At first the right wing government of Benjamin Netenyahu dismissed the Goldstone report as not only one sided but biased. It refused to take part in the eminent South African jurist Richard Goldstone's UN mandate to investigate the war in Gaza. GuamDiary has already written about Jerusalem's intransigence, stressing that Judge Goldstone himself is Jewish, and a supporter of Israel. But to Israel, he is but yet another example of a 'self hating Jew'.
Israel's cold shouldering and at first dismissal of the report, did work wonders among the gaggle of geese which is the US government. The houses of Congress voted a resolution condemning the report, regardless of its findings, and US president Barack Obama [BHO] said words to that effect.
What did the report say, briefly. It condemned both Israel and Hamas, cataloging alledged war crimes for both; it called upon Israel and Hamas to conduct their own investigations to get to the bottom of responsibility for the war and the high number of Palestinian victims, and the utter destruction of infrastructure---hospitals, schools, homes, utilities, the only flour mill, so on and on. However the lion's share of blame fell on Israel's shoulders, which didn't go down well for Jerusalem at all at all. Fault in carrying out the investigations after a period of grace, the Goldstone report recommended bringing the matter to the International Court of Justice in the Hague. And that stuck in the Israeli caw!
Israel flatly refused to doing anything that the Goldstone report suggested. Arrogant and self assured, and buoyed by its own propaganda mill and political action committees abroad, and thinking that the weight of the US government's condemnation of the report, others wouldn't treat Judge Goldstone's conclusions, backed by the authority of the United Nations, with seriousness.
Well, Israel misjudged the matter, and how!The world did take the Goldstone report seriously, and especially in Europe which began criticising Israel, and questioning its positions on other issues.
In brief, Judge Goldstone's report had given Israel a black eye. And Israel's image as 'the eternal victim', a people that survived the demented extermination plans of the Nazis, a race long sanctifed by God, was above suspicion and reproof, was thought to be beyond the pale of blame. Wrong! And begrudgingly, Israel's defence establishment took to attacking the Goldstone report by parsing through its inconsistencies and its logic and its selectivity of the horror its own forces visited on the civilian victims of Operation Cast Lead.
We all know that the best defence is the offence. And the IDF has gone on it in a big way. Let's cut to the chase of what the IDF report will say. It is not too hard to fathom since it is made up of the stuff Israel comes up with when it is under the glaring light of scrutiny. One, it was the Palestinians in Gaza's own fault. They are to blame for the over the top punishment they sustained. Yes, blaming the victim is a facile instrument to bludgeon even more, a people left homeless and in mourning and what's more kept on the edge of starvation by a vindictive Israeli government which keeps enough food and building matters and medical supplies, etc. etc., and deliberatively!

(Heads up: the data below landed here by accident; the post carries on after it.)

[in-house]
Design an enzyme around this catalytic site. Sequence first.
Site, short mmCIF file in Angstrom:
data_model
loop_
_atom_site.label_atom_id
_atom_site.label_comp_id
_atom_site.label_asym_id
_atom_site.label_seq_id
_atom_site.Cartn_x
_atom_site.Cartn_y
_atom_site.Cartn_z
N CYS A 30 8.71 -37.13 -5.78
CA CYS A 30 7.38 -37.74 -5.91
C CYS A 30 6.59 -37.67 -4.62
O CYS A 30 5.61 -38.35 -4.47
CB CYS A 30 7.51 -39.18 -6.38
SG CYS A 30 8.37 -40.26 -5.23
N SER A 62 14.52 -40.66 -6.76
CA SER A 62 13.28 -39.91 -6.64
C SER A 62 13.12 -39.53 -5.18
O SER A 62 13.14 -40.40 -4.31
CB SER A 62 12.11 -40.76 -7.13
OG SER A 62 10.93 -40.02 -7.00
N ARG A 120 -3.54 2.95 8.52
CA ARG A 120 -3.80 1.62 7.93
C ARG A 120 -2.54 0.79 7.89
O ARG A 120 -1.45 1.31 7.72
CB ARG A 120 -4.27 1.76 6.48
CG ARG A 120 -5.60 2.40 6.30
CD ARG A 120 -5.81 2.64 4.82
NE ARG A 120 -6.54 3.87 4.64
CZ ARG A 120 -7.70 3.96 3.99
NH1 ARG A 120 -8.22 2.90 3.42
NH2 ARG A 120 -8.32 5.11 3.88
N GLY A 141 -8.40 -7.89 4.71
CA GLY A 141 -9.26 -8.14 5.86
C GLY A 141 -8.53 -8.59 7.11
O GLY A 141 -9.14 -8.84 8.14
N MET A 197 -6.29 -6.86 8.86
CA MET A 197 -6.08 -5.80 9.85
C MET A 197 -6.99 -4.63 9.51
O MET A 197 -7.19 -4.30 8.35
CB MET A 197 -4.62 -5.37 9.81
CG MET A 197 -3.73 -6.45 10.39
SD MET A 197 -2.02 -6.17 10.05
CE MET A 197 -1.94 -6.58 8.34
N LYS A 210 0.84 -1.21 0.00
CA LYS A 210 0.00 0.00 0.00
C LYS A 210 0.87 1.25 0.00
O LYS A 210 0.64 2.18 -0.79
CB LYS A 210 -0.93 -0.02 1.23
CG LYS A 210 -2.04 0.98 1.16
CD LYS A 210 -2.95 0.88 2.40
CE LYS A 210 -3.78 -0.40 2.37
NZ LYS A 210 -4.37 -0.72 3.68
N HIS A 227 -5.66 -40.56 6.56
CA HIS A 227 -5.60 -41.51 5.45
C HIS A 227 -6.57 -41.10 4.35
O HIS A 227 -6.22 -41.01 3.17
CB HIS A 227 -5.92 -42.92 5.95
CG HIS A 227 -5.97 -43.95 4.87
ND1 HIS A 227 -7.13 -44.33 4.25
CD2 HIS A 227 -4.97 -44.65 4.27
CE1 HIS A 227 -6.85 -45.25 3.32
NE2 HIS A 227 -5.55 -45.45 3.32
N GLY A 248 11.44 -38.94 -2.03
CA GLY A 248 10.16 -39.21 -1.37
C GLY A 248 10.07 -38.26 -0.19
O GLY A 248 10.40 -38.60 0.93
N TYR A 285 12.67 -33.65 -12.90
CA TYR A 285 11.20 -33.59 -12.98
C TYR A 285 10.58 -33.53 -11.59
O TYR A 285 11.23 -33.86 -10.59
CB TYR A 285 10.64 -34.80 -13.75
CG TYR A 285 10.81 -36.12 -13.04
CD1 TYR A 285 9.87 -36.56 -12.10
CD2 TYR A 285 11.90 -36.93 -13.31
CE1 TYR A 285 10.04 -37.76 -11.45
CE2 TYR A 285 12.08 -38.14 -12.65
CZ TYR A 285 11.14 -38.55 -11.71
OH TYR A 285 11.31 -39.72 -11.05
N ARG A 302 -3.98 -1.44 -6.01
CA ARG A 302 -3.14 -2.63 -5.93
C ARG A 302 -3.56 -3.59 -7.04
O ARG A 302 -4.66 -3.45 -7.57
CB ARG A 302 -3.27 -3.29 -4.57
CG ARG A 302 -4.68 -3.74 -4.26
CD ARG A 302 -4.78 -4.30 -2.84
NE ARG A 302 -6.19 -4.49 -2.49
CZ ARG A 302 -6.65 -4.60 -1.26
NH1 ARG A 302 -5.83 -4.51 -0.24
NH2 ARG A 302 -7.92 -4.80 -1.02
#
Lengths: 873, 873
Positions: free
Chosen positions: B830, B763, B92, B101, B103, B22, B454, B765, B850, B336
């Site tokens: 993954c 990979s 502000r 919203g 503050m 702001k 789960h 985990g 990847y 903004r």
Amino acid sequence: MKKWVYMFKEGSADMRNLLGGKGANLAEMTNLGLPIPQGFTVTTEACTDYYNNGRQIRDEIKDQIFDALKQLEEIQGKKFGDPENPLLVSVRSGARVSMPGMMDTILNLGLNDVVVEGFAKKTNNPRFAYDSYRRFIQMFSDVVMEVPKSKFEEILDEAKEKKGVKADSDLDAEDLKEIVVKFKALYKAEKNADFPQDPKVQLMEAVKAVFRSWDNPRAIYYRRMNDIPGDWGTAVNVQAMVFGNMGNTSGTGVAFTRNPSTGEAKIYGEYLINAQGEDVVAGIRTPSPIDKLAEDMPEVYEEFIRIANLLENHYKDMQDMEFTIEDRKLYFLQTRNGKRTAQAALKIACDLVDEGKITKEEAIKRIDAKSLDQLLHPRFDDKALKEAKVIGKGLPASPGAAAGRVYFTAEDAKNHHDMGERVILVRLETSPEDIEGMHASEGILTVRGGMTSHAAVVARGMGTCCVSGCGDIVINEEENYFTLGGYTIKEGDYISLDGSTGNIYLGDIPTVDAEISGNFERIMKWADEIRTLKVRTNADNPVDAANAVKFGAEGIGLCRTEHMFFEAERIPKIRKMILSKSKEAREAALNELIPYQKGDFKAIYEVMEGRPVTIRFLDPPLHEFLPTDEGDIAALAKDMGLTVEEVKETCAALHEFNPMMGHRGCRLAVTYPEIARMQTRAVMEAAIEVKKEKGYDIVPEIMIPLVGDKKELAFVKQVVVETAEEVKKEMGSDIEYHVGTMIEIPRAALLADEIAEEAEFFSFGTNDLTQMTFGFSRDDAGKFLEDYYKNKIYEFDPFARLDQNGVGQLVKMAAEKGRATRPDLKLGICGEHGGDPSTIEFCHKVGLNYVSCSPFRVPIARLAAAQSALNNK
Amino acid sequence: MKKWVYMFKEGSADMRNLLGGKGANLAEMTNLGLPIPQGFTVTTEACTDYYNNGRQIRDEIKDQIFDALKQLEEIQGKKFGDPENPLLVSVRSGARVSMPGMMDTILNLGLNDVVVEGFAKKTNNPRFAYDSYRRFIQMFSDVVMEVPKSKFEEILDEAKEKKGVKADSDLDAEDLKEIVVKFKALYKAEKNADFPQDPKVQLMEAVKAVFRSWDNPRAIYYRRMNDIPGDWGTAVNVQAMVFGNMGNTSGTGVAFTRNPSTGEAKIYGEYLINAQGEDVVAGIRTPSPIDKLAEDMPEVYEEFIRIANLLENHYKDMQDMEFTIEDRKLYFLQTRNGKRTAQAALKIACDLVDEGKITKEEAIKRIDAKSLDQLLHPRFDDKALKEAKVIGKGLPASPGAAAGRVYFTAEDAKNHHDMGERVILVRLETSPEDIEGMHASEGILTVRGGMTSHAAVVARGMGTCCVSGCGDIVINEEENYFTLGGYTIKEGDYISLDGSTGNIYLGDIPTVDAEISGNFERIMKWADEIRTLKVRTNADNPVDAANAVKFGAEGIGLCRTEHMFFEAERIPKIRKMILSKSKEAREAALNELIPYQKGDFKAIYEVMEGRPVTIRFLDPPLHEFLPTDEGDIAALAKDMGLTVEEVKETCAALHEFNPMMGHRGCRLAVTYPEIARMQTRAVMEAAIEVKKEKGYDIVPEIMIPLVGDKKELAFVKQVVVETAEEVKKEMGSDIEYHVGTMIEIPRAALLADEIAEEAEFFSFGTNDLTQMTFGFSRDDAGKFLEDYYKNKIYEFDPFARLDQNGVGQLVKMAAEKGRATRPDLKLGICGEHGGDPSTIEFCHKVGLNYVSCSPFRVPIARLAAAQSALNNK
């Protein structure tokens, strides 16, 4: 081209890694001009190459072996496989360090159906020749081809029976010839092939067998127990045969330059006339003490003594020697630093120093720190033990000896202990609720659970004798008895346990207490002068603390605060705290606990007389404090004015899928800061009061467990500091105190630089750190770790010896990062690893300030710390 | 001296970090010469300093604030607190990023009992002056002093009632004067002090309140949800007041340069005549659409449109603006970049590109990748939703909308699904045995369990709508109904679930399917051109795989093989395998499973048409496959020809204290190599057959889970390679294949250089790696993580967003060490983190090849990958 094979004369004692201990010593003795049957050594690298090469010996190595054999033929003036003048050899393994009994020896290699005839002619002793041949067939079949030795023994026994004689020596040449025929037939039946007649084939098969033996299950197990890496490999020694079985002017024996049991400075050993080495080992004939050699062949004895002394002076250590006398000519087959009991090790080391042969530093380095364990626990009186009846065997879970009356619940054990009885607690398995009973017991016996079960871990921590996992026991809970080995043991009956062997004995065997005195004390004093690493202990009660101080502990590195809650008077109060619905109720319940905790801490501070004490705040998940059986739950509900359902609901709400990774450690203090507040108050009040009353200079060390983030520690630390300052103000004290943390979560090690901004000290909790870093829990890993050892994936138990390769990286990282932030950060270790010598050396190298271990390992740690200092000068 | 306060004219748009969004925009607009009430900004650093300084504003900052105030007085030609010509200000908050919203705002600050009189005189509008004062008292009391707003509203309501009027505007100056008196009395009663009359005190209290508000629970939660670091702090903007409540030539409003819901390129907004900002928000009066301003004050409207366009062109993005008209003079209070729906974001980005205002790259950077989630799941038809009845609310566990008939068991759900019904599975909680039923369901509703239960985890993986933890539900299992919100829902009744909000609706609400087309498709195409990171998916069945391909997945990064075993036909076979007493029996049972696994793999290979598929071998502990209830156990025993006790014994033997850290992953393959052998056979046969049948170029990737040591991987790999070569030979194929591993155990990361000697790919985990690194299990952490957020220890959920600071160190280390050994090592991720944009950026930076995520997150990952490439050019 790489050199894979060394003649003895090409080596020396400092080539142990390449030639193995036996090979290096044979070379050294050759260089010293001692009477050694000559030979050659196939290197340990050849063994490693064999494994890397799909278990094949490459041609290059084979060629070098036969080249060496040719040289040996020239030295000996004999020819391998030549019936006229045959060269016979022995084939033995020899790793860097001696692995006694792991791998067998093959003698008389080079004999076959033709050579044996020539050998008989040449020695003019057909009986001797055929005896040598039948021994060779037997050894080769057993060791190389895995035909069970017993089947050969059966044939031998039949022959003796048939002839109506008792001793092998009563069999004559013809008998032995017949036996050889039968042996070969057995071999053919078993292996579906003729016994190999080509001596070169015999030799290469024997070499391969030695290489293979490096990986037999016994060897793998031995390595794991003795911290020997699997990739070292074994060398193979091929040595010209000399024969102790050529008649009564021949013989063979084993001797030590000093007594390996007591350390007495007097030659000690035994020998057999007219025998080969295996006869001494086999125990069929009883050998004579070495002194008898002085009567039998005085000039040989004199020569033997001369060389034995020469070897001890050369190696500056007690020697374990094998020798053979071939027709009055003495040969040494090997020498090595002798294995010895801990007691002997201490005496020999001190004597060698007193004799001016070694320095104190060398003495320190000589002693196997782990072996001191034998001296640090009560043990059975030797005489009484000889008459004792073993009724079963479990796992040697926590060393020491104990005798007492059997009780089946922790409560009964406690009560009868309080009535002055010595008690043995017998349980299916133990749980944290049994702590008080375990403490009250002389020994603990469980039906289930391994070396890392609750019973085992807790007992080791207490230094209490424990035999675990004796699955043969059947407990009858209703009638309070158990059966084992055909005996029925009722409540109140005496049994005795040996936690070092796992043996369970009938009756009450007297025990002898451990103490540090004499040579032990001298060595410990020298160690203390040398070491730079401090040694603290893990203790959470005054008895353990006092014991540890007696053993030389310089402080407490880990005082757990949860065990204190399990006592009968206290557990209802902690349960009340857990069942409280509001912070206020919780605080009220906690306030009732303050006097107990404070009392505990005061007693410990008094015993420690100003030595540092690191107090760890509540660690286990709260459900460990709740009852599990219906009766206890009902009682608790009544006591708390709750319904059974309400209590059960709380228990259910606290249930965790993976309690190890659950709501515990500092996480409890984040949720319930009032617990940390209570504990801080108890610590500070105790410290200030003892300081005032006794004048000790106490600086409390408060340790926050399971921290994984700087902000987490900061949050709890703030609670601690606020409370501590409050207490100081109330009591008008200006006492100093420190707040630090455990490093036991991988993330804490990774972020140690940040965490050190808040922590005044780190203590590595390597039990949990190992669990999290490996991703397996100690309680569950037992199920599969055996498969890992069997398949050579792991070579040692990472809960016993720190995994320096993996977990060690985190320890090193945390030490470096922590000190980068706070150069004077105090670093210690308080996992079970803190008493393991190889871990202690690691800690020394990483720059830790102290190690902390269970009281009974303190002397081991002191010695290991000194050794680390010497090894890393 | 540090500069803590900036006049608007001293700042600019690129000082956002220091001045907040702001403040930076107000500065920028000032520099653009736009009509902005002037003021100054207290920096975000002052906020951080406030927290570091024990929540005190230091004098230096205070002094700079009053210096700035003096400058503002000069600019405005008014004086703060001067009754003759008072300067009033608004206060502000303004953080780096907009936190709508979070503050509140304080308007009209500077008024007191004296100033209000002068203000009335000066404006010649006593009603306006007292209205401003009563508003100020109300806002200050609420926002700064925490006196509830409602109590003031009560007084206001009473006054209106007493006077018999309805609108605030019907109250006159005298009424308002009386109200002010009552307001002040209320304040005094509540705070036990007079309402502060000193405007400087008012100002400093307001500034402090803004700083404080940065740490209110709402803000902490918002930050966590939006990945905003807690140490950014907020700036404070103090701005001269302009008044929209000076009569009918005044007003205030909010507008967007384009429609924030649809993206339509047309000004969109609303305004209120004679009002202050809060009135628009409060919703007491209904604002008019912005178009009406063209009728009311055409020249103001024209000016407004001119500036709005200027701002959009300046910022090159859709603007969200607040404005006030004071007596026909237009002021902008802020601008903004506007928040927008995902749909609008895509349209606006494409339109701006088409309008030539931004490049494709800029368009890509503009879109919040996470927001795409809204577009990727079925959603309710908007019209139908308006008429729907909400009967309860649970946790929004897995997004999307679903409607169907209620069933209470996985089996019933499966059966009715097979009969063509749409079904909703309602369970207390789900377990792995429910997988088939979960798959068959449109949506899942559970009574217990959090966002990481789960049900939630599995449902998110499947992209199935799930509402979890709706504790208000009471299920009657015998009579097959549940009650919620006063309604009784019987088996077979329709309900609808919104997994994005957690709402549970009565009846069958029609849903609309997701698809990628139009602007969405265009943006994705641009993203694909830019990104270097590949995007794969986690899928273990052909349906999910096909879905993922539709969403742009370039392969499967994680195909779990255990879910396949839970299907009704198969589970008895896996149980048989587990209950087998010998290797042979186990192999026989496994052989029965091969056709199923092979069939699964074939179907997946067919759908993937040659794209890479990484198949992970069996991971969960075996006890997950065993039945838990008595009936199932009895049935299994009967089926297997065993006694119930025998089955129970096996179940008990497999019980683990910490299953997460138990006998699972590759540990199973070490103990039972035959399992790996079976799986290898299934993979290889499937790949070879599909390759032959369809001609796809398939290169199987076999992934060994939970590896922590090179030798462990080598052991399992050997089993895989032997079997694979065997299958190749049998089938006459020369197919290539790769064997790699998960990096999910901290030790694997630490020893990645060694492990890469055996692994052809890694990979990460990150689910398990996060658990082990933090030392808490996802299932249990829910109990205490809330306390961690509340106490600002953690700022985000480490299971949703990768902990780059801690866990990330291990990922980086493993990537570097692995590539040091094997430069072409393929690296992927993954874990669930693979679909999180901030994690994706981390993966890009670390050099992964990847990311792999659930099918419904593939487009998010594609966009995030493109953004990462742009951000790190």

But the big kahuna of the IDF's 'apologia pro sua vita' is the tar brush of anti Semitism. Yes, the Goldstone report is fundamentally anti Semitic. Which means in Israeli think, any rebuttal to the IDF's charge is not only indefensible but downright Hitlerian!
What Israel has not reckoned with, is the simple obvious truth that its war in Gaza, tore of the veil of its own temple to its inviolability and its own self centred sense of invincibility.
Israel is now reaping the whirlwind it so sowed. And there is no way of escaping that conclusion.

China gags over Google

Google's threat to pull out of China, has turned into a donnybrook. It tore off slim plaster papering over Sino US relations. Once again Beijing's heavy hand has sent things into a spin.
Google turns a goodly profit by doing business in China. Chinese users like it, because it is a superior search engine, despite central government restrictions and interference.
Google has complied with China's domestic spying on its own citizens by yielding to the Communist authorities a list of its users. Why upset a good deal, then reasoned Google which stands for freedom of expression? Google's knuckling under to China's censorship worked up a tempest in a teapot without much damage to its reputation. The fallout was minimal.
But things took a nastier turn when Beijing began hacking into Googles' mainframe in California. Google drew a line in the sand. China was China, but when the Communist authorities began poking noses into its own computers, well, that wouldn't be tolerated. And, so, the threat to withdrew from China unless Beijing ceased and desisted in spying on Google.
China being China, swaggering with the arrogance of a waxing capitalist power, denied spying and putting censor blinders on Google. It was simply applying its own law.